When I got home from my facial appointment, I was actually eager for the first time in a while to have a deep look at myself in the mirror. I wanted to see what the esthetician had done, whether things had cleared up immediately or if I looked like a reality TV contesting coming out of an extreme makeover. But instead what I saw was nothing extraordinarily different from usual: it was just me. My same face—the few blemishes staring back at me red and angry from their recent treatment. My eyes, clear and wide; my expression, soft and inviting. The feeling of relaxation I had from being at the spa, and from its being late Friday afternoon, seemed to supersede in a way the “problems” I’d been dwelling on.

Ayurveda teaches us that everything external is a manifestation of the internal. This means that in order for anything that we see in the mirror before us to find its route toward healing, we need to look with equal intensity at the mirror inside of ourselves. Even if the “cause” of my uneven skin was any of the things I’d tried to blame it on—food, sleep, weather—the better question was, why was I being affected by them in the first place? Why was I turning to sugar and not sleeping or drinking enough water? It was that face—the face of my big-s Self, who was being treated poorly by my small-s self—that I need to look at, to send for an hour-long facial (and maybe some therapy . . .), and allow to heal before anything external could change.

Dualities are a part of nearly every philosophical, religious, and psychological theory behind human behavior. Masculine/feminine, shadow self/ego, yin/yang, Purusha/prakrati, good/evil. Each pairing suggests that, no matter the context, we humans are wired to ebb and flow between extremes of our personalities and mindsets even while holding onto a steady core. The key to not suffering congestion as a result of that flow is counterintuitive. You don’t suppress the “bad” one, try to smother it with distractions or simply ignore it as much as possible. You don’t turn away from the mirror, but rather you look at both mirrors simultaneously, accepting them both as integral to the whole.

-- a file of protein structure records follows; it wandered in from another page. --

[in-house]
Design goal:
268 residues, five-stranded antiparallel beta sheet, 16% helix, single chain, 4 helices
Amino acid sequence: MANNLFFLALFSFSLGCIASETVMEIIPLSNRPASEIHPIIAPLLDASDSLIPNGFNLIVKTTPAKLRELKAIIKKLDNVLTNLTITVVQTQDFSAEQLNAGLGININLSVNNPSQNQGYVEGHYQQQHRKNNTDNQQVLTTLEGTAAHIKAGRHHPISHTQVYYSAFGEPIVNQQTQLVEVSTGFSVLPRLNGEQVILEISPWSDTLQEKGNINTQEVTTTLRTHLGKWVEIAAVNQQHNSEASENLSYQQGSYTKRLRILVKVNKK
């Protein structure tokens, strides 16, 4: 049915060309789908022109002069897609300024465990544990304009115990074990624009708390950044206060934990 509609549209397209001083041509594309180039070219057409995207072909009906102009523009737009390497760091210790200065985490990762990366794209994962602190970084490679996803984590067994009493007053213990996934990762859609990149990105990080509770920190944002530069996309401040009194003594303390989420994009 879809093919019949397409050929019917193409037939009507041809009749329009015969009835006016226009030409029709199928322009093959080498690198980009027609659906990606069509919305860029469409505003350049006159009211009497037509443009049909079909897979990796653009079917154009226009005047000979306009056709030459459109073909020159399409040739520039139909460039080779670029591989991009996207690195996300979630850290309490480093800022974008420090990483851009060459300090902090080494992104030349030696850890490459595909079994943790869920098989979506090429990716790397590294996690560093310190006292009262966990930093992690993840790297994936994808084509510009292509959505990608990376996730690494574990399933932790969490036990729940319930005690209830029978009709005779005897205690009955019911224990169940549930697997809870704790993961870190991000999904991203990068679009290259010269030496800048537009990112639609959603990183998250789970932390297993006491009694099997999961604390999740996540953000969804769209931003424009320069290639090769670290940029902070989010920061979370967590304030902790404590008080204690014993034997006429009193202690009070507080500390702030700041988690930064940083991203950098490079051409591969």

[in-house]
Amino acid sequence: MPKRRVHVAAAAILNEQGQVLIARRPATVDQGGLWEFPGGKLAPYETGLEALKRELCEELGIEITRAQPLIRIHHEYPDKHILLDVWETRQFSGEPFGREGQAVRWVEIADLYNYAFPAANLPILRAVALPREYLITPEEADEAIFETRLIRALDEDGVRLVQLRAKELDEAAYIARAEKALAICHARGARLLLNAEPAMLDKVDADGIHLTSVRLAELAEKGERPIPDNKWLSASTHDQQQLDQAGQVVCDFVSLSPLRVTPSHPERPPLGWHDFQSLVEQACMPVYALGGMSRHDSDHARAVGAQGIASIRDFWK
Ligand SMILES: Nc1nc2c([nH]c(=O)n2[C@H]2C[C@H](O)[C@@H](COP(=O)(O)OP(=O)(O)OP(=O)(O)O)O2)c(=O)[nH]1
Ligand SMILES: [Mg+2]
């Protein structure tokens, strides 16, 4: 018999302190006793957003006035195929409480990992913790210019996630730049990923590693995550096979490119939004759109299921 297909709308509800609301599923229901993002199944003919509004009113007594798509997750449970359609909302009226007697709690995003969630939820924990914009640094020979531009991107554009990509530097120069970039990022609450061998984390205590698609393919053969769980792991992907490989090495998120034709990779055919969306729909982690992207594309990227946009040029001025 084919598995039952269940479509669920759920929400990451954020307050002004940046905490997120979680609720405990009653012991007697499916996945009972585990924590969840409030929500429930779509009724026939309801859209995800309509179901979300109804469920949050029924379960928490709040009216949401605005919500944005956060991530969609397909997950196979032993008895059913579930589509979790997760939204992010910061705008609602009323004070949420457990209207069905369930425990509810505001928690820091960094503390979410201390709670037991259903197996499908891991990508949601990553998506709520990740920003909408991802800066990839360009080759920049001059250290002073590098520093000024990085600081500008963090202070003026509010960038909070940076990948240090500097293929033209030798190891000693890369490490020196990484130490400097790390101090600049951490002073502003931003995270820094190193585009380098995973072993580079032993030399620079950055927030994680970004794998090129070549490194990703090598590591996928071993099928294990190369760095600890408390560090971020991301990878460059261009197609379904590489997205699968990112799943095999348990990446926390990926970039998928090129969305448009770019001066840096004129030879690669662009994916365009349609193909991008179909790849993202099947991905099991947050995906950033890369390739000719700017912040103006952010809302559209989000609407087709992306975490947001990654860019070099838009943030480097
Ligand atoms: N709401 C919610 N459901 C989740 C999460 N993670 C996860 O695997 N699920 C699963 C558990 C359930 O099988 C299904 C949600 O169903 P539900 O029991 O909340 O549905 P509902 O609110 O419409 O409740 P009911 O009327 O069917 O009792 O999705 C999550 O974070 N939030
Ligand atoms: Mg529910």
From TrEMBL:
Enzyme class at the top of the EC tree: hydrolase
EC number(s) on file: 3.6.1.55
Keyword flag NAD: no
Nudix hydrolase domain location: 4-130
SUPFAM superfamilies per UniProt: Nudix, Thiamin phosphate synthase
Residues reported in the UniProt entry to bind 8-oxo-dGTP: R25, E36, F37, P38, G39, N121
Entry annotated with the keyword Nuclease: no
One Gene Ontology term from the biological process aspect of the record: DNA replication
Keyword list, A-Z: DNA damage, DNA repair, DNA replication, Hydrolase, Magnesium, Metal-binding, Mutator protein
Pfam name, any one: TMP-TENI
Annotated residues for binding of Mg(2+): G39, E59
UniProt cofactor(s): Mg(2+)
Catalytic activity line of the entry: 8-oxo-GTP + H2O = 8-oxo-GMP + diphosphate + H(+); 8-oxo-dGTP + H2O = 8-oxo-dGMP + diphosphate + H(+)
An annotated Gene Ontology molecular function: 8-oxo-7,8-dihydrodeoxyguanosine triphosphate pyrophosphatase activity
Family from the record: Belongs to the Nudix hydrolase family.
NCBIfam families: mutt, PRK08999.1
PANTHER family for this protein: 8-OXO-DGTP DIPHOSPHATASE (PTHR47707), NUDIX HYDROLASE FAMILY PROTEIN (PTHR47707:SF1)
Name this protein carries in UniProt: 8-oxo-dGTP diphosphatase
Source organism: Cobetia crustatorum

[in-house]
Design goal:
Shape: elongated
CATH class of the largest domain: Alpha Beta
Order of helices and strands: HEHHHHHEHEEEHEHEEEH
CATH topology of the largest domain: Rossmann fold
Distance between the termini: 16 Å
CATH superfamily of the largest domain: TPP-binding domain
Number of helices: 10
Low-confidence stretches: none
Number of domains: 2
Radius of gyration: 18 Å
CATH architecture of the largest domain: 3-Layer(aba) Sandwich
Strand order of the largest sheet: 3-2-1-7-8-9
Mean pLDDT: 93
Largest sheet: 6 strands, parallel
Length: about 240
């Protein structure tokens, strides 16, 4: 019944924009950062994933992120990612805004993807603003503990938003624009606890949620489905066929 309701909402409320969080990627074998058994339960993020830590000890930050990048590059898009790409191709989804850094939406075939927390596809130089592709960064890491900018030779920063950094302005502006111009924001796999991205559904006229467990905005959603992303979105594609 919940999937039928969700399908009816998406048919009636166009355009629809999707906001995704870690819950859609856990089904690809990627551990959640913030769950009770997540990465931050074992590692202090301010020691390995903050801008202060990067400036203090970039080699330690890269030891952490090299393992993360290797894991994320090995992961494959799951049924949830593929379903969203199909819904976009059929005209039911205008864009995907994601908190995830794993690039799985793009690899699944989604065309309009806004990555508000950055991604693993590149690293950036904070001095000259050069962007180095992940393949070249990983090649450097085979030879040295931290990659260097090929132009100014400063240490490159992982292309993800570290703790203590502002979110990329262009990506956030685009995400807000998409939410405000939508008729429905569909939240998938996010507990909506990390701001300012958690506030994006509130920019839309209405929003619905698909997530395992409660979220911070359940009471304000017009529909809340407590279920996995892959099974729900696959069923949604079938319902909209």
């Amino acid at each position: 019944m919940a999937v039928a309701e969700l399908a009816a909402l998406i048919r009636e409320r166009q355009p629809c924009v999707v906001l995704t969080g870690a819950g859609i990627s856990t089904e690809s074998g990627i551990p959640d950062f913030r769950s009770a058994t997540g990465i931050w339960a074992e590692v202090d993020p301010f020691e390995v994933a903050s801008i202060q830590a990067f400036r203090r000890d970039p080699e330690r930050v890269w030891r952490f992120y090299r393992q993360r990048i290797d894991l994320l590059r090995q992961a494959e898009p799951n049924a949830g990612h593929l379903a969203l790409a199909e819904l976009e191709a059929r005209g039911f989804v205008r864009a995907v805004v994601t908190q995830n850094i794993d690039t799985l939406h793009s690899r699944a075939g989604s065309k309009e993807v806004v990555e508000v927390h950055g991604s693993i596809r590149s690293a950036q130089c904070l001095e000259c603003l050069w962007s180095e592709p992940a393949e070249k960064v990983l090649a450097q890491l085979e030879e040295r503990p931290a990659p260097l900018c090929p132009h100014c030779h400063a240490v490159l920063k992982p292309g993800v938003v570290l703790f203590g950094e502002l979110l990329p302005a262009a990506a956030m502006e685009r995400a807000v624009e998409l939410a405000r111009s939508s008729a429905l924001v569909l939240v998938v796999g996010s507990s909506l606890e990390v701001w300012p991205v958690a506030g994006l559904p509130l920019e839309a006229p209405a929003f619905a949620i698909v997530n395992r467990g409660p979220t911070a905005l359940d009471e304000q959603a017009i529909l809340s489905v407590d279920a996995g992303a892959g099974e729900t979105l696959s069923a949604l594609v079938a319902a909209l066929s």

When we choose to look in all the mirrors that reflect our lives, we’re able to see ourselves in a way that rivals even the best Instagram filter or composite face app. Letting the inward gaze guide the outward gaze ensures that the things we seek in the world—our food choices, our behaviors, the news and conversations we consume—will be nourishing and healing to both. In these moments of awareness and consciousness lay not the kind of beauty you can pay for or slather on with the right serum or cream. It’s the inner beauty that comes from clearly seeing who you are, and living in a way such that the entire world becomes a mirror of your truth.  

***

While you’re working on defogging that inner mirror, check out these resources for skin imbalances that can help speed up the overall process of beautification (or at least prevent you from becoming a homebody): 

Pratima Skin Care and Spa

Sundara Holistic

Banyan Botanicals

Herbivore Botanicals

Shankara